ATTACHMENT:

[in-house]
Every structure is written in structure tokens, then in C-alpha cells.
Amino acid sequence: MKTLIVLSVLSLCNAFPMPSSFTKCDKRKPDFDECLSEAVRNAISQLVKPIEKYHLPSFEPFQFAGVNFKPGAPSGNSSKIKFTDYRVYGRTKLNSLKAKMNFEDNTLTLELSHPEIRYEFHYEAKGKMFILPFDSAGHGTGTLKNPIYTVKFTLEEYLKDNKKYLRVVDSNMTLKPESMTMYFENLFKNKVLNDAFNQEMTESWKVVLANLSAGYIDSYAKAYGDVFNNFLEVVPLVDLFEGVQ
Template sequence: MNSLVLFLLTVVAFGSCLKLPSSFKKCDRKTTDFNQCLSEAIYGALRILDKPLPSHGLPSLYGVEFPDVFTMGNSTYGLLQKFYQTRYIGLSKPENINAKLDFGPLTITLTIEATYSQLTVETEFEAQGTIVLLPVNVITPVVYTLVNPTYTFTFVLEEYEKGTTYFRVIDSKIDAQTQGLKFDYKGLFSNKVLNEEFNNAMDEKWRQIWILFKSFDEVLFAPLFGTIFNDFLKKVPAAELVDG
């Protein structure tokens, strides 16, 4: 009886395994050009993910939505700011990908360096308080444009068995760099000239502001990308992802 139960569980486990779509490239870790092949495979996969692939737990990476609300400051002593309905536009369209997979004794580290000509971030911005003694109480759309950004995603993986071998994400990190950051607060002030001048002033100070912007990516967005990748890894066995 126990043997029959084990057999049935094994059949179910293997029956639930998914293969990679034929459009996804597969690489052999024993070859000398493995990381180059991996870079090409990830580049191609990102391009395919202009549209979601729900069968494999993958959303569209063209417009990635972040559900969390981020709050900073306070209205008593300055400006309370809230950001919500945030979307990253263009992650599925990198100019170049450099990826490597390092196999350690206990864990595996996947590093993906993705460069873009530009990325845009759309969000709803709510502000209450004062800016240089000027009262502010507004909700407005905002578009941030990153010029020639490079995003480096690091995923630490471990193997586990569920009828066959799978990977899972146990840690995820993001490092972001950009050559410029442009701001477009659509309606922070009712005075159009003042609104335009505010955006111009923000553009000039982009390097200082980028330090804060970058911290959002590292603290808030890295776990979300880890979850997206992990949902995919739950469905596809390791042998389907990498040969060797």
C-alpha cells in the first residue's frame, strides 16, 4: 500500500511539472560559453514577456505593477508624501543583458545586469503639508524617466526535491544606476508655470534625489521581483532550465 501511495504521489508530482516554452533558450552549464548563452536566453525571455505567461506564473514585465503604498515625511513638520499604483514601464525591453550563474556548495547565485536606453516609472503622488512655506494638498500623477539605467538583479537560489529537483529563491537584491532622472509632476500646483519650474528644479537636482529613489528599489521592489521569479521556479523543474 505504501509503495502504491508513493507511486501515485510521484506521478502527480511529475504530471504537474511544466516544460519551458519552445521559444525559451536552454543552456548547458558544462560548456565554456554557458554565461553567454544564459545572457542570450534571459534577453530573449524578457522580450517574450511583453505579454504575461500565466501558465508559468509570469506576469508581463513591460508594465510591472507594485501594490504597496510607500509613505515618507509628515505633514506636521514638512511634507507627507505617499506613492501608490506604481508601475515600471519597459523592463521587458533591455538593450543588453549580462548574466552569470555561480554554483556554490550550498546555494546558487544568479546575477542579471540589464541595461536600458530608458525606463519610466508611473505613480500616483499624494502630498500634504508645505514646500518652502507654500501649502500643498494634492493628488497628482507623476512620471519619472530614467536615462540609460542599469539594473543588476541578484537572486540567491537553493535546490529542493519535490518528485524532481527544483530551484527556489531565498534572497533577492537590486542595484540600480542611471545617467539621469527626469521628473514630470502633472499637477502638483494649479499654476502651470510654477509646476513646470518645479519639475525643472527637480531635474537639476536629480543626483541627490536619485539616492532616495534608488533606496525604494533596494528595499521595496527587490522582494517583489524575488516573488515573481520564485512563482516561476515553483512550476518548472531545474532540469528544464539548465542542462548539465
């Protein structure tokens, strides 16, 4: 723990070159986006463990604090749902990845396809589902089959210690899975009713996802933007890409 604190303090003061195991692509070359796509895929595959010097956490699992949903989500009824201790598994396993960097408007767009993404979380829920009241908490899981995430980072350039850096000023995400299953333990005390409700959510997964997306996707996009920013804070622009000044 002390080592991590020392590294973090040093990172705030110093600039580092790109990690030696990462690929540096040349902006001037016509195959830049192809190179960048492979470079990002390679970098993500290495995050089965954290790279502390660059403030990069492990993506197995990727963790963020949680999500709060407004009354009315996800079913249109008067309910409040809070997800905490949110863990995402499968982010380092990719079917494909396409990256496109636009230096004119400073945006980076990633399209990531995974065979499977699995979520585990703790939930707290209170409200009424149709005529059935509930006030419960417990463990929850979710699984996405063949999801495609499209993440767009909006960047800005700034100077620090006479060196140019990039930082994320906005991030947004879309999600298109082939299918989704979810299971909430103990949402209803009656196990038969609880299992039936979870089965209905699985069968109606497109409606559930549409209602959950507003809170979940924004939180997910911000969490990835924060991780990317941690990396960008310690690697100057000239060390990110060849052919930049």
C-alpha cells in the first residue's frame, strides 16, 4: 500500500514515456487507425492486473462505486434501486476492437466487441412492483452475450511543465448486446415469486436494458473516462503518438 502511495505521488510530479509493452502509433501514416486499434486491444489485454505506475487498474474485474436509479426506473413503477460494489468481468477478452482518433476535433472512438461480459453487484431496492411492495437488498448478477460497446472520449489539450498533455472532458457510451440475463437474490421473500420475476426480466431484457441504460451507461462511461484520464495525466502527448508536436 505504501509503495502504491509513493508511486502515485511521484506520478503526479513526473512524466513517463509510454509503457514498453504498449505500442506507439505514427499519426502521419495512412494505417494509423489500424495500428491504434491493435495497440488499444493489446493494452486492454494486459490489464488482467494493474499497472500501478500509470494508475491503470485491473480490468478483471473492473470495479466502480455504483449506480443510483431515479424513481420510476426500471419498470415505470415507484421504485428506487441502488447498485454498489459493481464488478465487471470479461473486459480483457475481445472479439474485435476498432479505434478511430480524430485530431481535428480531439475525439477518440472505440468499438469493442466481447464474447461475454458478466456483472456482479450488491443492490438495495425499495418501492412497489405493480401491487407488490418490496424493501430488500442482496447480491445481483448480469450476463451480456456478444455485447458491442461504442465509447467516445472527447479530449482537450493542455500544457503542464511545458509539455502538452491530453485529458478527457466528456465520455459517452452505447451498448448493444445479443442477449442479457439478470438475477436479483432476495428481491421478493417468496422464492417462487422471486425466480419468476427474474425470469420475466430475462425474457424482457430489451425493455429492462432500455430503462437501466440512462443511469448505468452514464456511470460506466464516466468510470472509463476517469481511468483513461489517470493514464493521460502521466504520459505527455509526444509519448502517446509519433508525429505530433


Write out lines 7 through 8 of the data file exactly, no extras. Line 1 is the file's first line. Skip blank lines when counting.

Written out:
């Protein structure tokens, strides 16, 4: 723990070159986006463990604090749902990845396809589902089959210690899975009713996802933007890409 604190303090003061195991692509070359796509895929595959010097956490699992949903989500009824201790598994396993960097408007767009993404979380829920009241908490899981995430980072350039850096000023995400299953333990005390409700959510997964997306996707996009920013804070622009000044 002390080592991590020392590294973090040093990172705030110093600039580092790109990690030696990462690929540096040349902006001037016509195959830049192809190179960048492979470079990002390679970098993500290495995050089965954290790279502390660059403030990069492990993506197995990727963790963020949680999500709060407004009354009315996800079913249109008067309910409040809070997800905490949110863990995402499968982010380092990719079917494909396409990256496109636009230096004119400073945006980076990633399209990531995974065979499977699995979520585990703790939930707290209170409200009424149709005529059935509930006030419960417990463990929850979710699984996405063949999801495609499209993440767009909006960047800005700034100077620090006479060196140019990039930082994320906005991030947004879309999600298109082939299918989704979810299971909430103990949402209803009656196990038969609880299992039936979870089965209905699985069968109606497109409606559930549409209602959950507003809170979940924004939180997910911000969490990835924060991780990317941690990396960008310690690697100057000239060390990110060849052919930049």
C-alpha cells in the first residue's frame, strides 16, 4: 500500500514515456487507425492486473462505486434501486476492437466487441412492483452475450511543465448486446415469486436494458473516462503518438 502511495505521488510530479509493452502509433501514416486499434486491444489485454505506475487498474474485474436509479426506473413503477460494489468481468477478452482518433476535433472512438461480459453487484431496492411492495437488498448478477460497446472520449489539450498533455472532458457510451440475463437474490421473500420475476426480466431484457441504460451507461462511461484520464495525466502527448508536436 505504501509503495502504491509513493508511486502515485511521484506520478503526479513526473512524466513517463509510454509503457514498453504498449505500442506507439505514427499519426502521419495512412494505417494509423489500424495500428491504434491493435495497440488499444493489446493494452486492454494486459490489464488482467494493474499497472500501478500509470494508475491503470485491473480490468478483471473492473470495479466502480455504483449506480443510483431515479424513481420510476426500471419498470415505470415507484421504485428506487441502488447498485454498489459493481464488478465487471470479461473486459480483457475481445472479439474485435476498432479505434478511430480524430485530431481535428480531439475525439477518440472505440468499438469493442466481447464474447461475454458478466456483472456482479450488491443492490438495495425499495418501492412497489405493480401491487407488490418490496424493501430488500442482496447480491445481483448480469450476463451480456456478444455485447458491442461504442465509447467516445472527447479530449482537450493542455500544457503542464511545458509539455502538452491530453485529458478527457466528456465520455459517452452505447451498448448493444445479443442477449442479457439478470438475477436479483432476495428481491421478493417468496422464492417462487422471486425466480419468476427474474425470469420475466430475462425474457424482457430489451425493455429492462432500455430503462437501466440512462443511469448505468452514464456511470460506466464516466468510470472509463476517469481511468483513461489517470493514464493521460502521466504520459505527455509526444509519448502517446509519433508525429505530433